On top of that, my mother (the sole cook in the house) didn’t grow up eating fish too often (like at all), so that meant that neither did we. That leaves out a HUGE portion of the food pyramid (isn’t that what Michelle Obama still calls it nowadays?) that I never tried. I remember my mom cooking salmon once, the smell was SO different, so… EVERYWHERE, that I was like NO WAY (and sat at the table for hours until my mother gave in and let me go to bed)

I sat there a while, let me tell ya….

Another possible reason was my not so regular experience with FRESH vegetables either. It wasn’t often that my mom would splurge on fresh veggies, going for the convenience of the can. And when she did (go fresh), it was always the same degree of cooked-ness that the cans had – never al dente, but shmushy – and since that’s all I knew… well, that’s all I knew. (Let me say… my mom still knocked out the BEST meals I’ve ever had, like her mothers meatloaf that we all still ask for every single birthday dinner we’re together)

I remember on a trip to Hawaii with my college roommate, she was GAGA about how fresh the fish was (I believe it was Ahi), so I too, had to try some. I remember being nervous about it, never revealing to her that I have never eaten anything close to that before. It was good but nothing that I would go GAGA for.

Trust me, I could go on…..

Enter the chef husband (then boyfriend).

I remember the FIRST time I visited him for the weekend (I was in VA, he was in NJ) he made me NY Strip steak with peppercorns and bok choy) I was like “bok what?” and remember him saying “Trust me, you’ll like it.” And I did. Whenever we went places, he wanted to try a hole in the wall restaurant, telling the server “Just bring me what YOU think is good”  and I… thought it a little nutty to trust so willingly, and also a little jealous he was so brave as I would rather stay in my comfort zone. It’s been some version of that ever since.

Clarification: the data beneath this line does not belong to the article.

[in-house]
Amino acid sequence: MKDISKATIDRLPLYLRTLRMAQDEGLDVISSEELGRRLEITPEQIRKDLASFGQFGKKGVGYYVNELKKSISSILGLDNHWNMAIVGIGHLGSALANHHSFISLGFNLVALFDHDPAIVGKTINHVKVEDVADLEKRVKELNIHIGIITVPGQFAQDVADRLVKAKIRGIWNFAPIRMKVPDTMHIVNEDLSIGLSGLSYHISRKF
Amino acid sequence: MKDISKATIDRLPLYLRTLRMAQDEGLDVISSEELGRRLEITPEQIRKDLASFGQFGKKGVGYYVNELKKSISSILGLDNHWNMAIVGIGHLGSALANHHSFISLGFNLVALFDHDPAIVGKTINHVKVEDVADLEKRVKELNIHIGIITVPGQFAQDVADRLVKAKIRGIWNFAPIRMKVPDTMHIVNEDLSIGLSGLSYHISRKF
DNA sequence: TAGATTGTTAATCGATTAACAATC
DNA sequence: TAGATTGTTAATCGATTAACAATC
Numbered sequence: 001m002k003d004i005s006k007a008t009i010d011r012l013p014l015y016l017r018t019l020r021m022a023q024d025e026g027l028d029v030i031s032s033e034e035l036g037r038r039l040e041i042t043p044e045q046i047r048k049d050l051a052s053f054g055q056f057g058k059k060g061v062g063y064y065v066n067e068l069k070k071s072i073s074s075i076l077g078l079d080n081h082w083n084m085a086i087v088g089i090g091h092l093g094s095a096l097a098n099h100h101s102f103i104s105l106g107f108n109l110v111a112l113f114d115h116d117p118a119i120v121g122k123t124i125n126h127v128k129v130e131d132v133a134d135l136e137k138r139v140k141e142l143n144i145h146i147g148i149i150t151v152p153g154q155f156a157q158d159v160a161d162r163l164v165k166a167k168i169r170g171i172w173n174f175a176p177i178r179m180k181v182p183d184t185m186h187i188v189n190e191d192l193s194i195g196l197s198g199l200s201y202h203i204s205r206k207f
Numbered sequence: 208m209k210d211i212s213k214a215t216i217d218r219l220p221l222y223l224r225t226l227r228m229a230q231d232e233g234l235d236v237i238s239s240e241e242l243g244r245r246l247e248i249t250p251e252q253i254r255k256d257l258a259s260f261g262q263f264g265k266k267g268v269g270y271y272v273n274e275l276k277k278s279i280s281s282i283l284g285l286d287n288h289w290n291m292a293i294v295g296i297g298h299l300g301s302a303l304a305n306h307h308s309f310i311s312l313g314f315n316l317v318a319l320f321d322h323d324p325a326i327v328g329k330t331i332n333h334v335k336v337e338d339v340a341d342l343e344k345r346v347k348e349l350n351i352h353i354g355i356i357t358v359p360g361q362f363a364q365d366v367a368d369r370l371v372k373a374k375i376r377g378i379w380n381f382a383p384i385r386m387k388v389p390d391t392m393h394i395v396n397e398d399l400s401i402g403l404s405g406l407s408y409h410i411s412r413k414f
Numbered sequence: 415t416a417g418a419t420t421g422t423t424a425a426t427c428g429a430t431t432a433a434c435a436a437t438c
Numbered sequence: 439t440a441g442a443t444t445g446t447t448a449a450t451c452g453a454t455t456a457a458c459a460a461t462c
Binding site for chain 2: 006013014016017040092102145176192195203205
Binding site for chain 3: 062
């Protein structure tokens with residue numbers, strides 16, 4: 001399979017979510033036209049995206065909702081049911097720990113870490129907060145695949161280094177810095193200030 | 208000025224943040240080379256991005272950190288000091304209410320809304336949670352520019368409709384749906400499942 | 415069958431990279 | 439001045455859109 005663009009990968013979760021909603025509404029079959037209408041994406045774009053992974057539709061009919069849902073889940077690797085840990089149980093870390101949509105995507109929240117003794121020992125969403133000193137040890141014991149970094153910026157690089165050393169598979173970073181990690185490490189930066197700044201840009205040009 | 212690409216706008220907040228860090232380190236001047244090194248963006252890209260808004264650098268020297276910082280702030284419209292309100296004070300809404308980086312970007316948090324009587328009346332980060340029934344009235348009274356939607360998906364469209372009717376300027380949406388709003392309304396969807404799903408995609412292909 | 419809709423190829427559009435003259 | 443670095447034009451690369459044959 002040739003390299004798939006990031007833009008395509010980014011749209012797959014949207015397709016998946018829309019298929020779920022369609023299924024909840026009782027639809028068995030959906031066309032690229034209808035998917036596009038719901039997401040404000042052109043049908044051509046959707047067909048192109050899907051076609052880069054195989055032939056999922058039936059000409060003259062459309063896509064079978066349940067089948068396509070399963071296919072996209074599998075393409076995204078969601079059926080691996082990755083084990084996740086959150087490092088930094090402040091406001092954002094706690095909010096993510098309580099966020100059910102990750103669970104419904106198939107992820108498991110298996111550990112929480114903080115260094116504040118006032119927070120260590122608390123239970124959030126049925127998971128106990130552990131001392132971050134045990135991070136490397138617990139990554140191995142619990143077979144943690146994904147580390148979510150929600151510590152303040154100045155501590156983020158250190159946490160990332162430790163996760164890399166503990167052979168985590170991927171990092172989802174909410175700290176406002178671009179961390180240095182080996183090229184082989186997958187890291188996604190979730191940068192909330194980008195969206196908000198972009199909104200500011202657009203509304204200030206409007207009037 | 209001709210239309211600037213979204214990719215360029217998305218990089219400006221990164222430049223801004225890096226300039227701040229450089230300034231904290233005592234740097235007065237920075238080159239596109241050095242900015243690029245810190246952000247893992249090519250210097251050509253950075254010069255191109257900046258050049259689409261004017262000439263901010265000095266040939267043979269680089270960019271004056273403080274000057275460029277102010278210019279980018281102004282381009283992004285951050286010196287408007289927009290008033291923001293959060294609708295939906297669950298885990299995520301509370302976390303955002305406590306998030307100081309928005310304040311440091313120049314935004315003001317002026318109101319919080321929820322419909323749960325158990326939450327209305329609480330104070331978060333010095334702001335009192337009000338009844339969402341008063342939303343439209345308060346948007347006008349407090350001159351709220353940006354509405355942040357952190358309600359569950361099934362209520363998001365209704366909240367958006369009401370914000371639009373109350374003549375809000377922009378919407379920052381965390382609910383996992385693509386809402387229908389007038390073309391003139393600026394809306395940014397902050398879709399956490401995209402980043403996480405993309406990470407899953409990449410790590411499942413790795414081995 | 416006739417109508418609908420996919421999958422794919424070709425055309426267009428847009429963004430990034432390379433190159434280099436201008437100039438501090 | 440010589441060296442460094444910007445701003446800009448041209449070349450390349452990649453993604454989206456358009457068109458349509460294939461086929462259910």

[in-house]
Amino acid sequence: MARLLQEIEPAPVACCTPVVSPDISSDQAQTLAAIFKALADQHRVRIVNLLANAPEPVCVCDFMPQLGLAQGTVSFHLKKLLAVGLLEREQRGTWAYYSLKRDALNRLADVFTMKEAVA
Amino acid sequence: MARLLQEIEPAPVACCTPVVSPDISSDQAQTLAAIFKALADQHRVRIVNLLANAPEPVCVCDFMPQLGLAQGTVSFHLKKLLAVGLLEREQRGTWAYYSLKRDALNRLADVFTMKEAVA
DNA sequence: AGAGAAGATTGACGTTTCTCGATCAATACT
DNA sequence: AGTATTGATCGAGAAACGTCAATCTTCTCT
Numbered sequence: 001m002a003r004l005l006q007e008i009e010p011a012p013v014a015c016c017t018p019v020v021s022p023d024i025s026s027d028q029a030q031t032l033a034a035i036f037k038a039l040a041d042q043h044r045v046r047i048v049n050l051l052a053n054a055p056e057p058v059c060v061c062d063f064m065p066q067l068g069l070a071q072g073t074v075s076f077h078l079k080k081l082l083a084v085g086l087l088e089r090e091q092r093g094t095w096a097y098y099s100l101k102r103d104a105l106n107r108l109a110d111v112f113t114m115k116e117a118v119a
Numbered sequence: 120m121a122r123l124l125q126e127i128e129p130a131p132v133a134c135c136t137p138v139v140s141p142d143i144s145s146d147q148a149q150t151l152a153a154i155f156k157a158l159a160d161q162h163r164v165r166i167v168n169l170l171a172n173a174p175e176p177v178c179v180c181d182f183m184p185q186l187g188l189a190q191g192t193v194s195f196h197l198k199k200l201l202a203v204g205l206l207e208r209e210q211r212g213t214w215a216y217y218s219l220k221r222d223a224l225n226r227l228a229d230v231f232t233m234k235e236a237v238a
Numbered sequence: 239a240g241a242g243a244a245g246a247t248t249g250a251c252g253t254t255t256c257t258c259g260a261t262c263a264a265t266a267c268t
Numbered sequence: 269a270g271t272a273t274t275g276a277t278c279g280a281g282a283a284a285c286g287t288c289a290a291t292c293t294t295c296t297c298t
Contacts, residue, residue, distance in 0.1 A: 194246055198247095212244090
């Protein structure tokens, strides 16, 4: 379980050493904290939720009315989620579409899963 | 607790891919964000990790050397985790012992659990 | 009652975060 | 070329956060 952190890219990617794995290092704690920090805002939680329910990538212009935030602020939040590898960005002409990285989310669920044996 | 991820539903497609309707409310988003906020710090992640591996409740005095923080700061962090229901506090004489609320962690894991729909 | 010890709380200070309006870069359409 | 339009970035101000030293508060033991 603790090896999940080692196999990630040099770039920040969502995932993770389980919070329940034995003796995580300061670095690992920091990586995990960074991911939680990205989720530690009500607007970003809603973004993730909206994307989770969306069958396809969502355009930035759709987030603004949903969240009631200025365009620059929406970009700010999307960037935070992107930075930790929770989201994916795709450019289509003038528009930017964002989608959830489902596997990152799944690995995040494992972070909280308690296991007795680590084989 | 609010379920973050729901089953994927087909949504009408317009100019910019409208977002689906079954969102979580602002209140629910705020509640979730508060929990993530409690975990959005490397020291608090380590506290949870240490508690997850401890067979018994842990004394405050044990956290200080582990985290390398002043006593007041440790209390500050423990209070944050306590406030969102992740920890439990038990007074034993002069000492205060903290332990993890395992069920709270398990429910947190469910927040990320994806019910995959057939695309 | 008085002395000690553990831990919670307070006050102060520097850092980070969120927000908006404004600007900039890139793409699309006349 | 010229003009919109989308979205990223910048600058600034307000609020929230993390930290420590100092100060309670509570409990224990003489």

Three foods I’ve never eaten until my 30’s (I’m in my 36th year now):

  • Sushi
  • Indian
  • Tuna Tartare

All of these foods, I now LOVE.  I try foods more willingly than I ever have, being with my husband. But it wasn’t always that way….

Like the nightmare of Dim Sum. Going to eat Dim Sum for the first time (without anyone telling me what Dim Sum meant) with a whole bunch of Chefs and their spouses. STILL brings me flashbacks. I was SO naive and well, scared. I don’t think I ate a damn thing. I didn’t know that they brought food to you on a rolling tray, or WHAT as underneath that basket! I did my best to play it off that I was just not hungry.. but inside I was like WHAT the heck am I doing here!!! *I think all the chefs thought it funny I sat there so uncomfortably, asking me “You want this?” while I was writhing in my seat until it was over. (okay maybe it was just my imagination)